Many companies finish their weekly/bi-weekly iterations with a review of the product. Thanks to these meetings teams have a sense of urgency and stay more motivated throughout the whole week.
When it comes to tools, you want your team to use:
We learned this advice from a book “Built to Sell: Creating a Business That Can Thrive Without You” by John Warrillow.
Choosing a company similar to yours has a few advantages, the most important of them is – You want to be treated as a VIC (very important customer).
If the company is too big, they may not give you enough attention. If they are too small, they may not have enough experience to work on such a scale.
We strongly believe in relationship chemistry.
We work with our partners (yes, partners, not clients) as closely as possible, discussing the shape of the product.
Once there is chemistry and we are on the same page by having extensive transparent communication, the pitfalls can be avoided, and we can pursue our partner’s business success.
The company should be eager to show you their progress as soon as possible. Each sprint should be finished with a demo of the product.
It speeds up the development! The developers are motivated to demo weekly/bi-weekly results of their work. They feel the pressure each week. You, as a client, have the same pressure to deliver information/specification/mockups for the following week’s sprint.
Weekly demos are part of the development process and have a huge influence on the quality of the process and speed of development, in our case.
As serial entrepreneurs, we’ve learned it’s not all about the code and technology behind your product – it’s about the business.
Your development partner should understand that and challenge the new features you develop, help you focus on priorities, advise you from a technical perspective, and connect with you as partners in their network.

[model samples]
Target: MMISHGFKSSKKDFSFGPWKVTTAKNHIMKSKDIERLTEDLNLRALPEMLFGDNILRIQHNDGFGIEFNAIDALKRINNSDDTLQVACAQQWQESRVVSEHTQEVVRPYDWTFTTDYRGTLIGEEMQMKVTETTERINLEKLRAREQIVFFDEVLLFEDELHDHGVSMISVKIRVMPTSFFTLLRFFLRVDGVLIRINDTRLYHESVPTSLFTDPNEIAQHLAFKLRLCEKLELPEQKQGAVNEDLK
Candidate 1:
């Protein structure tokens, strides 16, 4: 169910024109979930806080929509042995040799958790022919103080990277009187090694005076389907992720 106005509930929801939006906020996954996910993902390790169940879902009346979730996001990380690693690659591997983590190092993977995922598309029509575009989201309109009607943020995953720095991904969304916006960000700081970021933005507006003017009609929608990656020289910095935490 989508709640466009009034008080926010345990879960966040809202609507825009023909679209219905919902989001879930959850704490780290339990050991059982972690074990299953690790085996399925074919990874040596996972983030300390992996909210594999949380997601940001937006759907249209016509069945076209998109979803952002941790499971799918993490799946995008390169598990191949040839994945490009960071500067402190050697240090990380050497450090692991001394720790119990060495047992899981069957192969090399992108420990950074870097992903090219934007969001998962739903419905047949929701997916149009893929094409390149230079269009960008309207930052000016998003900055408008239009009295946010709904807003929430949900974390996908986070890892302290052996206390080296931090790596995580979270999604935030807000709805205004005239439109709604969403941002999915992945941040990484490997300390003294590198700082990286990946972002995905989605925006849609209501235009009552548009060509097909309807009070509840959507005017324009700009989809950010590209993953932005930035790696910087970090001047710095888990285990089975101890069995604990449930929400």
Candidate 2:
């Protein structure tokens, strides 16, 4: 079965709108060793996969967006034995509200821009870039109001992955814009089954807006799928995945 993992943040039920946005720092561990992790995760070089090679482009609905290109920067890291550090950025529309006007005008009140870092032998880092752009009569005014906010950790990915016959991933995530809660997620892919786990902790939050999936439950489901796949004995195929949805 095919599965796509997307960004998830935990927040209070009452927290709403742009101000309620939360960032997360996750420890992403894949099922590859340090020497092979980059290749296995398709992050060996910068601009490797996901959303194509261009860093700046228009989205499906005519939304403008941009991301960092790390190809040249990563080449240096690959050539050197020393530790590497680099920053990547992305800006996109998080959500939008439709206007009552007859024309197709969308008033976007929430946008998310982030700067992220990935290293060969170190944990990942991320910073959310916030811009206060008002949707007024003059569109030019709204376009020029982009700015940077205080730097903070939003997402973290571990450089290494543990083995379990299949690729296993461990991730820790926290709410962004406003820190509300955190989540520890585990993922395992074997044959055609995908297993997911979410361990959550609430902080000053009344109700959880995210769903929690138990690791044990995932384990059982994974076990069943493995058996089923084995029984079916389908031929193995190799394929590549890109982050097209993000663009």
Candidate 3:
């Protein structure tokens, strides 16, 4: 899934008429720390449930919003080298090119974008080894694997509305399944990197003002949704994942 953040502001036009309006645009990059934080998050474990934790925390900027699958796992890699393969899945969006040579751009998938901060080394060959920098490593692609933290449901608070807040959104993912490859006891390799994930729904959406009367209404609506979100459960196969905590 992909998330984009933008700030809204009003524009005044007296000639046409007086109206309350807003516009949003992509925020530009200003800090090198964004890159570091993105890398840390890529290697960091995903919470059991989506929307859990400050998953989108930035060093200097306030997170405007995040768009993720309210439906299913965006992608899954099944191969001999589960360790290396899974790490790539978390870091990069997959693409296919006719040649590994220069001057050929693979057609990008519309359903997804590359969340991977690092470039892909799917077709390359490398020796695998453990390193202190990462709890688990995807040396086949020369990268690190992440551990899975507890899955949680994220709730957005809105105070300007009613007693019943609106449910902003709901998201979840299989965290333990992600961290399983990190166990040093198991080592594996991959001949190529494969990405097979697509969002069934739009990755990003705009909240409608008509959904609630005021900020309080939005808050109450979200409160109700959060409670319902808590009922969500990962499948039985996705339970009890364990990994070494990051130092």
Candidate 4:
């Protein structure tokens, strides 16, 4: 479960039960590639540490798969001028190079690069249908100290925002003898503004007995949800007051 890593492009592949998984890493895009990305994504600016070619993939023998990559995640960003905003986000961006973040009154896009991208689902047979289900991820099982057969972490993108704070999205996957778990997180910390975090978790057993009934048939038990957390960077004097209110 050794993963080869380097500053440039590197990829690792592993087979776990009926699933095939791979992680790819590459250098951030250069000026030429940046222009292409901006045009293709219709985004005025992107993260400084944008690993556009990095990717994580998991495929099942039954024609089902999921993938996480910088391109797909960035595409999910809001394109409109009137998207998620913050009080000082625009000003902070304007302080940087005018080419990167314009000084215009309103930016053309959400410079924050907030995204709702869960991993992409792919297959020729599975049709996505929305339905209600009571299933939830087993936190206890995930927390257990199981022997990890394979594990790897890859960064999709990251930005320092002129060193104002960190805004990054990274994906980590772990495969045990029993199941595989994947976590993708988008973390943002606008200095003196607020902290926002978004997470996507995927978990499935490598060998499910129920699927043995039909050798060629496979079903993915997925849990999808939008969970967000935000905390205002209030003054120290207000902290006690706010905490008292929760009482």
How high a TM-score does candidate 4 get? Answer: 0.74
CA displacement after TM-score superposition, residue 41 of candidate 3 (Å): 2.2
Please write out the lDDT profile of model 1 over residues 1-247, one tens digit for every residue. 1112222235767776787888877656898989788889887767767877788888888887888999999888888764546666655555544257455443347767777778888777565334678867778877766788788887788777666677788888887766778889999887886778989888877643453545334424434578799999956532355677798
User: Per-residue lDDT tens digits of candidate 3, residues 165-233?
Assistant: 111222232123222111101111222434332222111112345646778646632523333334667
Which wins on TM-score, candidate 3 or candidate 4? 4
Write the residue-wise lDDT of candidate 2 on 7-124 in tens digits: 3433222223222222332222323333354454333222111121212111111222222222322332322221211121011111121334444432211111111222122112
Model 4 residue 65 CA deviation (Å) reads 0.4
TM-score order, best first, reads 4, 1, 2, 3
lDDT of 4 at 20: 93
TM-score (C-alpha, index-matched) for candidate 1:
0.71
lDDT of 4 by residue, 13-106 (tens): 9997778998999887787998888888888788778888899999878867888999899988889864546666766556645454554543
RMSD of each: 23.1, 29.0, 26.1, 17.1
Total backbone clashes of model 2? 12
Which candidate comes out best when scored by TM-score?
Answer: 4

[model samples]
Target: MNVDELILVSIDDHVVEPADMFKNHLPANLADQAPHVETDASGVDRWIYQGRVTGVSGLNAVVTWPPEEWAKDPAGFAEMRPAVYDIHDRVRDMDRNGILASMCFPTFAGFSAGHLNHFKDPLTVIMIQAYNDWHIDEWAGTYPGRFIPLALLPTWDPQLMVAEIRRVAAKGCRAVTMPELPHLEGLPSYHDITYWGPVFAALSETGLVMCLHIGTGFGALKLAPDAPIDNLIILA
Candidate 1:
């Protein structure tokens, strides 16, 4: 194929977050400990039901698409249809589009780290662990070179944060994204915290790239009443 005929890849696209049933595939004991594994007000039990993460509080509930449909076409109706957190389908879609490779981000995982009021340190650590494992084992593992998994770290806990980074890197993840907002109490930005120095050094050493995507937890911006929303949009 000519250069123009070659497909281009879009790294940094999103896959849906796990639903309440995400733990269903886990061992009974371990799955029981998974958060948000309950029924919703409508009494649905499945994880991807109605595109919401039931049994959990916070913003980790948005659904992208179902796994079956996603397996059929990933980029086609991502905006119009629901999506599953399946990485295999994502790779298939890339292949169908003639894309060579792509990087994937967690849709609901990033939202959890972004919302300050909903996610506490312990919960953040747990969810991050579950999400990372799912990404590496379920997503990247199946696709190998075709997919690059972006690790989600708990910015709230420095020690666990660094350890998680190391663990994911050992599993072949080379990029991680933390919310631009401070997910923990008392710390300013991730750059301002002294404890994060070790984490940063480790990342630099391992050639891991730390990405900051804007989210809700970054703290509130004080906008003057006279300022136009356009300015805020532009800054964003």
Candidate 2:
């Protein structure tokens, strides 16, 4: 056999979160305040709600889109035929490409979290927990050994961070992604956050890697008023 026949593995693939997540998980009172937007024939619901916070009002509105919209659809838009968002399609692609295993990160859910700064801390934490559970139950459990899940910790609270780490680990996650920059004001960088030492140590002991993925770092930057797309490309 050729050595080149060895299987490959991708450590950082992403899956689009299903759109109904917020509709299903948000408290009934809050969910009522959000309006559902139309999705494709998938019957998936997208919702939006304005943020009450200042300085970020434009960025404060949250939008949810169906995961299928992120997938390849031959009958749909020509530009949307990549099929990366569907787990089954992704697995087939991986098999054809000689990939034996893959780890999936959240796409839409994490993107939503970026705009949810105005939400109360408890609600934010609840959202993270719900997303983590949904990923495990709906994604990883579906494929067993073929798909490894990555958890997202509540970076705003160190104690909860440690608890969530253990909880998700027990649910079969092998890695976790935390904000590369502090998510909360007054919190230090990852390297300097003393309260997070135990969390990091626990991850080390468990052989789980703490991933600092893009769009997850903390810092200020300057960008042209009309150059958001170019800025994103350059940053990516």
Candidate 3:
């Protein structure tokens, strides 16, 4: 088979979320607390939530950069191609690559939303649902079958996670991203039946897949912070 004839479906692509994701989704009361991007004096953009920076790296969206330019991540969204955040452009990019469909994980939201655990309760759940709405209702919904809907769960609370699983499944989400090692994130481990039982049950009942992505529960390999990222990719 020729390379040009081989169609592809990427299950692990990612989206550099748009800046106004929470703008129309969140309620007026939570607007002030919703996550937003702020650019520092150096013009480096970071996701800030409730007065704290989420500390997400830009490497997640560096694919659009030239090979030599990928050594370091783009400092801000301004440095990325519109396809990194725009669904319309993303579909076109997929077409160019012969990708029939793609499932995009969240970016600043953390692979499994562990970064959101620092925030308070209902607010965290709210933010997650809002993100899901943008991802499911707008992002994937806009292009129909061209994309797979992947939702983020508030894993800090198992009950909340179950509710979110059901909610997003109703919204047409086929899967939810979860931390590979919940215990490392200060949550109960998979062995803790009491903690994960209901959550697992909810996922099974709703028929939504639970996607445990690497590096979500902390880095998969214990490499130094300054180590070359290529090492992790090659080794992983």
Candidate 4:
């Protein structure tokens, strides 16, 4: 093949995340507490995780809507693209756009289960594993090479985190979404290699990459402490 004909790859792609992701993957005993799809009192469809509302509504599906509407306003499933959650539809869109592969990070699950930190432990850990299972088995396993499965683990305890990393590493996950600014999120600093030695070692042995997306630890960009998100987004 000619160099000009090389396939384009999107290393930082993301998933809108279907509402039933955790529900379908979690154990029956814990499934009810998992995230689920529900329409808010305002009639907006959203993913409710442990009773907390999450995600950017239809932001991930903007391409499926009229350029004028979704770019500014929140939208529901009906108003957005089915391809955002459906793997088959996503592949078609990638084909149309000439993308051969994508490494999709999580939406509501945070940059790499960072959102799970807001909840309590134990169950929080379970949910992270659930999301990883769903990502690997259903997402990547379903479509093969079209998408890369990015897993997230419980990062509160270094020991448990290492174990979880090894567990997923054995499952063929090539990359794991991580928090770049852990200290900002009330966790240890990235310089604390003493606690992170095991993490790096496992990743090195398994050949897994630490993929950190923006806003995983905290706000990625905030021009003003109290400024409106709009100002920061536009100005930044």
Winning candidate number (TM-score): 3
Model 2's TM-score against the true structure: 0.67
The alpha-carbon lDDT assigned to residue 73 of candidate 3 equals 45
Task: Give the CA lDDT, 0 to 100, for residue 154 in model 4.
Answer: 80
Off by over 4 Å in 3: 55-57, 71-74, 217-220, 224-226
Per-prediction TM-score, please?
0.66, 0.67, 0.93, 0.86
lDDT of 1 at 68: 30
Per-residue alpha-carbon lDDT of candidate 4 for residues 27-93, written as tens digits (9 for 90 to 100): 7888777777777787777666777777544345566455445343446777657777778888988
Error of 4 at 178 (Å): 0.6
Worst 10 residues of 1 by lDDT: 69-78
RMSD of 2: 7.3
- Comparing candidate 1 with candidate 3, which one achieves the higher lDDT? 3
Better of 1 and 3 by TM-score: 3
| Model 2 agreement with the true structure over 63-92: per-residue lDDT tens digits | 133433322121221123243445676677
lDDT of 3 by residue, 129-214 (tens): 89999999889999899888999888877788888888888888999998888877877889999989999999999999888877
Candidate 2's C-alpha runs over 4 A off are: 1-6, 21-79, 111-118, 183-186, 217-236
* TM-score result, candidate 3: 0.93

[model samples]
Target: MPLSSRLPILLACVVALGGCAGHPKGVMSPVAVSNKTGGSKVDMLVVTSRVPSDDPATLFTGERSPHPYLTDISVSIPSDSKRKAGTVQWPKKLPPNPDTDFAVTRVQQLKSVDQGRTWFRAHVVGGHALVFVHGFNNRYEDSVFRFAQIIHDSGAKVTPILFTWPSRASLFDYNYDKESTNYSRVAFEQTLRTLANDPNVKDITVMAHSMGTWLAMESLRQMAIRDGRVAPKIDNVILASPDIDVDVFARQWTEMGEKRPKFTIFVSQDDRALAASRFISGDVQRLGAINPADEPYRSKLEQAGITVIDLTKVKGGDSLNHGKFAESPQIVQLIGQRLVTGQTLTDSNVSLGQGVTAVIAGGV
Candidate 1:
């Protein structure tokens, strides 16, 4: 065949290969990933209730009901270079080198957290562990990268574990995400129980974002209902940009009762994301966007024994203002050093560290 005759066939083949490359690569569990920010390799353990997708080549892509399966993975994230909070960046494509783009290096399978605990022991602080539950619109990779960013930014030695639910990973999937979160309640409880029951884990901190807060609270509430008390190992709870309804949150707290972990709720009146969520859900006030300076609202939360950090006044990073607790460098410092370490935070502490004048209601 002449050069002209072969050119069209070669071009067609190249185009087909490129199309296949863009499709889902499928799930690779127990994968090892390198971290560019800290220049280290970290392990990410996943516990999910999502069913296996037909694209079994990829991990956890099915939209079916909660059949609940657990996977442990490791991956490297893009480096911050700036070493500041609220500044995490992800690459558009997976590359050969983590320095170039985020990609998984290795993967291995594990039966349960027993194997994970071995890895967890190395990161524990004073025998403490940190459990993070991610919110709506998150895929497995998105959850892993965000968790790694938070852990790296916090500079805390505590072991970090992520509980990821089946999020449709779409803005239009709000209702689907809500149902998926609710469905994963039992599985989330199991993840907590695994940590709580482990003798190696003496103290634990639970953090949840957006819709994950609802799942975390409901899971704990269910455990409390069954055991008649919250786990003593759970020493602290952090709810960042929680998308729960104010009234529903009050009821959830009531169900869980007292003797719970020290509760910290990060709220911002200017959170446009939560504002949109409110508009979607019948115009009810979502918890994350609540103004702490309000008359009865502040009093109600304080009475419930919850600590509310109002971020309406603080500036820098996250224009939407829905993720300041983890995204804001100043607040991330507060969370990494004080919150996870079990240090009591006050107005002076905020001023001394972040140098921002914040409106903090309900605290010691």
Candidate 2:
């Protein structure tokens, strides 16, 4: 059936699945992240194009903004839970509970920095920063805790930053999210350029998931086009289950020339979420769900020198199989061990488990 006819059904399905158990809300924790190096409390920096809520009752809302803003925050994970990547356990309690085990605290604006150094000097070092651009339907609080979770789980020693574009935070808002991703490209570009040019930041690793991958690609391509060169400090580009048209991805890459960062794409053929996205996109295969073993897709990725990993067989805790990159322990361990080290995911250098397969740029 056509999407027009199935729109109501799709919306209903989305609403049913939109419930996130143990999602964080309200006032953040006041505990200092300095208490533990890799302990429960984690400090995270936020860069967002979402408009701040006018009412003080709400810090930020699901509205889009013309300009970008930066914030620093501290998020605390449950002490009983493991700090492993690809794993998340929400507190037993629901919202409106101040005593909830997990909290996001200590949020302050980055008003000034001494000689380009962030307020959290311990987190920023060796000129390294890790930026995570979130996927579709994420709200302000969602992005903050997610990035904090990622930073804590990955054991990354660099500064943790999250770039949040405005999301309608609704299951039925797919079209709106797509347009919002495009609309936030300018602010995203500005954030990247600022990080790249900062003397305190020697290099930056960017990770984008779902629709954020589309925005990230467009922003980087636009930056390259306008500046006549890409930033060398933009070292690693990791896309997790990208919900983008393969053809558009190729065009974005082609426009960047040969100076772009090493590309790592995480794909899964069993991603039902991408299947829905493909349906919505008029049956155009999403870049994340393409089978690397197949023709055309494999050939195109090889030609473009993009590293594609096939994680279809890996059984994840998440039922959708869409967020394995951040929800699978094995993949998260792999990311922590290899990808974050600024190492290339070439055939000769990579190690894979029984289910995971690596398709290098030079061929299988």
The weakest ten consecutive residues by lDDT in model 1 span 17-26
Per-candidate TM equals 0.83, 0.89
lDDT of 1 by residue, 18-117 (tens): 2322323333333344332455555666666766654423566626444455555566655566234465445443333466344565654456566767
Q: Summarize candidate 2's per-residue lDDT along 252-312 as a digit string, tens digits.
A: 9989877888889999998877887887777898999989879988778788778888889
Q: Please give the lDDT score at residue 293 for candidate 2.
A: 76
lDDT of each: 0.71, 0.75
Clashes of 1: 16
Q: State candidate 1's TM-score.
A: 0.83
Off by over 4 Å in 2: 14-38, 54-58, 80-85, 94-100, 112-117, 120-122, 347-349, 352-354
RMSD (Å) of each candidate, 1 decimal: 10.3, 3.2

How can you know that a company understands business side of tech projects? For example, they can offer cross-functional teams with Business Analysts and Tech Advisors. It’s also visible in the way they work.
Adapting the BizDevOps culture is a strong indicator of understanding business side of tech projects. The BizDevOps model assumes close cooperation between business and tech.
A company that implemented the BizDevOps model of working will closely cooperate with you as a stakeholder, shortening the feedback loop.
You don’t want to feel a language barrier – English is a must, nowadays. You want to have a software development company as your partner – to advise you, not only to write the code.
Creative problem-solvers with great language skills – those are the guys you look for. Therefore, think twice before deciding to offshore from a country with completely different culture.
Great technology is around 30-40% of a business’s success. Therefore, look for a partner who can advise you, not only write the code.
HackerRank provided a list of countries with top-skilled developers:
If you don’t have exact mockups, specification, user stories, project plan, and a well-documented product with a few years of experience building similar products don’t choose the fixed price model.
It will simply cost you more money than time & material based project.
If you choose a fixed price, most of the software development companies will add 25% or more to cover the risk of not knowing the exact scope of the project.
Time & material is the pricing to go with for most projects, since it allows for a lot more flexibility. We explain the difference between fixed price and time&materials later on.
Without proper security measures, the well-being of a company can be easily threatened.
Think about Intellectual Property. If your provider doesn’t transfer you the rights to the project, you won’t be able to monetize it or build upon it.
The infographic below demonstrates what project components should be protected and addressed in the contract.
<span class="colorbox1" fs-test-element="box1"><p>Note: not all providers include it in their contracts, so keep an eye out for that!</p></span>